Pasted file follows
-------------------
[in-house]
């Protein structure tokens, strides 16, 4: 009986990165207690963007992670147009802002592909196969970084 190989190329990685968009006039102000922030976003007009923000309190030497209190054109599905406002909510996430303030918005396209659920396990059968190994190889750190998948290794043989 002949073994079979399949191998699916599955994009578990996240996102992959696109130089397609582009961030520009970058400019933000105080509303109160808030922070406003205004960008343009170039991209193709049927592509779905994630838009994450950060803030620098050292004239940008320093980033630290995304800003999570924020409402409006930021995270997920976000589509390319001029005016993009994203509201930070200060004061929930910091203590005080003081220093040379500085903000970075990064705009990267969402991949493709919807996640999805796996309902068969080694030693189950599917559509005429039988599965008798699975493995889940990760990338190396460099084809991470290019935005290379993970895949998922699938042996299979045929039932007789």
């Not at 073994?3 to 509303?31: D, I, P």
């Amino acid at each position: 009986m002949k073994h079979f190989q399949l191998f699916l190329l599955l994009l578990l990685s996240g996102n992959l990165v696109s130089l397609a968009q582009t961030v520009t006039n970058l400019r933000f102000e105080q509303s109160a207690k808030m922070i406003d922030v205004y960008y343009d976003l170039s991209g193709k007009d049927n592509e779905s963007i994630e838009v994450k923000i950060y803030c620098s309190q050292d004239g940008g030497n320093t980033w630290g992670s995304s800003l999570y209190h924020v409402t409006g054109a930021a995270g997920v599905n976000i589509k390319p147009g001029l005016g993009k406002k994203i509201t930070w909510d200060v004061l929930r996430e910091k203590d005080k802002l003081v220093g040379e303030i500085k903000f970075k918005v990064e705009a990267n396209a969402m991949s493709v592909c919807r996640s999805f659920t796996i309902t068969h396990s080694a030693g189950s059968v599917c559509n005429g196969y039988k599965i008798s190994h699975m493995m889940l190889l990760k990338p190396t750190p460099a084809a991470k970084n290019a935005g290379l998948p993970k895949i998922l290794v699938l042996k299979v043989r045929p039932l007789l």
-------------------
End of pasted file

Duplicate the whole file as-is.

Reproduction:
[in-house]
């Protein structure tokens, strides 16, 4: 009986990165207690963007992670147009802002592909196969970084 190989190329990685968009006039102000922030976003007009923000309190030497209190054109599905406002909510996430303030918005396209659920396990059968190994190889750190998948290794043989 002949073994079979399949191998699916599955994009578990996240996102992959696109130089397609582009961030520009970058400019933000105080509303109160808030922070406003205004960008343009170039991209193709049927592509779905994630838009994450950060803030620098050292004239940008320093980033630290995304800003999570924020409402409006930021995270997920976000589509390319001029005016993009994203509201930070200060004061929930910091203590005080003081220093040379500085903000970075990064705009990267969402991949493709919807996640999805796996309902068969080694030693189950599917559509005429039988599965008798699975493995889940990760990338190396460099084809991470290019935005290379993970895949998922699938042996299979045929039932007789």
């Not at 073994?3 to 509303?31: D, I, P």
């Amino acid at each position: 009986m002949k073994h079979f190989q399949l191998f699916l190329l599955l994009l578990l990685s996240g996102n992959l990165v696109s130089l397609a968009q582009t961030v520009t006039n970058l400019r933000f102000e105080q509303s109160a207690k808030m922070i406003d922030v205004y960008y343009d976003l170039s991209g193709k007009d049927n592509e779905s963007i994630e838009v994450k923000i950060y803030c620098s309190q050292d004239g940008g030497n320093t980033w630290g992670s995304s800003l999570y209190h924020v409402t409006g054109a930021a995270g997920v599905n976000i589509k390319p147009g001029l005016g993009k406002k994203i509201t930070w909510d200060v004061l929930r996430e910091k203590d005080k802002l003081v220093g040379e303030i500085k903000f970075k918005v990064e705009a990267n396209a969402m991949s493709v592909c919807r996640s999805f659920t796996i309902t068969h396990s080694a030693g189950s059968v599917c559509n005429g196969y039988k599965i008798s190994h699975m493995m889940l190889l990760k990338p190396t750190p460099a084809a991470k970084n290019a935005g290379l998948p993970k895949i998922l290794v699938l042996k299979v043989r045929p039932l007789l």